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frozen shoulder

(17 Posts)
Speldnan Sun 10-Jun-12 15:15:18

Wondering how common 'frozen shoulder' is and if any other gransnetters have suffered from this. I had it in my right arm six years ago and just this year have got it again in the left. It started when I was doing intensive knitting in preparation for my grandson who is 6 months now. It is so painful and debilitating. It prevents sleep and curtails your activities (including holding a new baby) and takes about 2 years to heal.
Anyone got any tips or has had any positive experience with treatment? I have tried anti imflammatories and had an injection last time, neither of which had much effect. sad

AlisonMA Sun 10-Jun-12 15:36:00

I ended up having an operation first time but that was privately so not sure the NHS would pay. Second time I was told it would go away in 2 years but it didn't. It went away when we went for a 4 week holiday in the sun doing nothing. I recommend that cure!

I've got tennis elbow now so think it is time to go again.

lucid Sun 10-Jun-12 15:37:22

Hi Speldnan - like you I have had 'frozen shoulder' in both shoulders. First time in my right shoulder when I grabbed my GD to stop her falling (3 years ago) and then in my left shoulder last year, courtesy of the idiot who ran into the back of our car when we were stopped at a junction!! I was referred for physiotherapy both times but found that it was only partly successful. My OH found this book - The Frozen Shoulder Workout by Clair Davies - and it worked brilliantly. Both shoulders now fine, probably better than before.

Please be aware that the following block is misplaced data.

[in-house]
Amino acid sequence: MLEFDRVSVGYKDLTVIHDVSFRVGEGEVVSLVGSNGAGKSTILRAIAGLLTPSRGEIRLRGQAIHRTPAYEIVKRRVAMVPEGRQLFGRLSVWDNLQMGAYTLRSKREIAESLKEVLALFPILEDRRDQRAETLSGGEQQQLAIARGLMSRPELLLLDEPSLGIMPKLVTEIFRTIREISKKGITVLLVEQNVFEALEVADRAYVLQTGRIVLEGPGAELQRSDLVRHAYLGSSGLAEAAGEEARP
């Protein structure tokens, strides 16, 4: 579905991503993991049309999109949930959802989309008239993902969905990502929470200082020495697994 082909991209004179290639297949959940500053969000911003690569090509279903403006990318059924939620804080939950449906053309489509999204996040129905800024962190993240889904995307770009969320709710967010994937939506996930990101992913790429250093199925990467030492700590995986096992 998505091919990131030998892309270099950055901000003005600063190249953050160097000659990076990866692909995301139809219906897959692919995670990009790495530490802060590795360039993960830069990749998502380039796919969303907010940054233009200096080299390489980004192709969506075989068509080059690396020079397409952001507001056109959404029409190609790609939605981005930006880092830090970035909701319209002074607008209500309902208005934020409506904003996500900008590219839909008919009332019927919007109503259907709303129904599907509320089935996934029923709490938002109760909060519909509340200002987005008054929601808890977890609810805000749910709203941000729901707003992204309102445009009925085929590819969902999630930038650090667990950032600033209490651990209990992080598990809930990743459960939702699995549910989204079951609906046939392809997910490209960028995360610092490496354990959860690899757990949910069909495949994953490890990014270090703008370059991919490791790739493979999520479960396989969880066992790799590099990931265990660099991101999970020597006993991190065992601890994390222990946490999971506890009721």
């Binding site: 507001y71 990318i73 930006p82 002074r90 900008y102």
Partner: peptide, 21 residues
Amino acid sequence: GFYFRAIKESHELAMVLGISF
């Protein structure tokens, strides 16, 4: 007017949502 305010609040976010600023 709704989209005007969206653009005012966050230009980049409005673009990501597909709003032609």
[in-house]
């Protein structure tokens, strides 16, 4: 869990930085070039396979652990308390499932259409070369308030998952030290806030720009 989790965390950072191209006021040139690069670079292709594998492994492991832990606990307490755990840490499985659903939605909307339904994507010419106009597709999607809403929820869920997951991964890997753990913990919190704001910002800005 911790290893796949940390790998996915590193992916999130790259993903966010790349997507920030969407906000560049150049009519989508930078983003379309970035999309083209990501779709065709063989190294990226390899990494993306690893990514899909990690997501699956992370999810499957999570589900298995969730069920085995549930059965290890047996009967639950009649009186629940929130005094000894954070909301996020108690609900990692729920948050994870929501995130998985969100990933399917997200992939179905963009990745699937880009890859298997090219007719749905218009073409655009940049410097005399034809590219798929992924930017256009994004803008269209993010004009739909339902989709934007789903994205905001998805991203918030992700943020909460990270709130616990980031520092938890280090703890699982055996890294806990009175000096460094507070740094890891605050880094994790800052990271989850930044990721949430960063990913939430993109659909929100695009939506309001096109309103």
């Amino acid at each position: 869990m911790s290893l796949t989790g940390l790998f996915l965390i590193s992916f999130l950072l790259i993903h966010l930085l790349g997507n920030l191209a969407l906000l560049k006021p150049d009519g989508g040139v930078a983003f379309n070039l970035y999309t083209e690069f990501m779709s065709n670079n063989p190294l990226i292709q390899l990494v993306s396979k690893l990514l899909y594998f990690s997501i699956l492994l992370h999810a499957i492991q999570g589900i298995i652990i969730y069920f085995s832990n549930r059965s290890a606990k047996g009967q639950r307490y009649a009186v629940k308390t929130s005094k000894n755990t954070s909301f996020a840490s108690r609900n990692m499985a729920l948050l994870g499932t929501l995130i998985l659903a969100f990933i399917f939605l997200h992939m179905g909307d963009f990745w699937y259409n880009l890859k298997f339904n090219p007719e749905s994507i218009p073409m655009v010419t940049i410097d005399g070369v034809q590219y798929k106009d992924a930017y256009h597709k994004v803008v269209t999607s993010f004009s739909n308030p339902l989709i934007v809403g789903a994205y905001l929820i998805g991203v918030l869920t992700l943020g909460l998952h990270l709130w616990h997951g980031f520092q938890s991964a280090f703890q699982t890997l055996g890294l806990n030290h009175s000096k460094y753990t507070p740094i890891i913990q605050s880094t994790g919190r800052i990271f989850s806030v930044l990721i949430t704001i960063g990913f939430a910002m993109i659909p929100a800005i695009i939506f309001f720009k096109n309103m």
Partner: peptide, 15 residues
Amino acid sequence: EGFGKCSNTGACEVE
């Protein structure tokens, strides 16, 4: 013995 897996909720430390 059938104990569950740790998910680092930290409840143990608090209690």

glammanana Sun 10-Jun-12 15:39:59

speldnan I feel for your pain I was treated for the same problem 6/7yrs ago it was caused by the wear and tear of the rotary cuff joint in my shoulder I found anti-inflamatories useless and also the cortisone injections,I went to see an ostiopath and had a deep massage (very very painful) but after the first session I could notice the difference and after two more the pain was bearable I then went on to have a course of acupuncture which proved well worth it,even though now my right shoulder is weak and I do not carry anything heavy I can sometimes feel slight discomfort but nothing to compare to the initial pain.Ask your GP to refer you to a clinic which specialises in this and you should get some respite from the pain.flowers

jeni Sun 10-Jun-12 16:00:16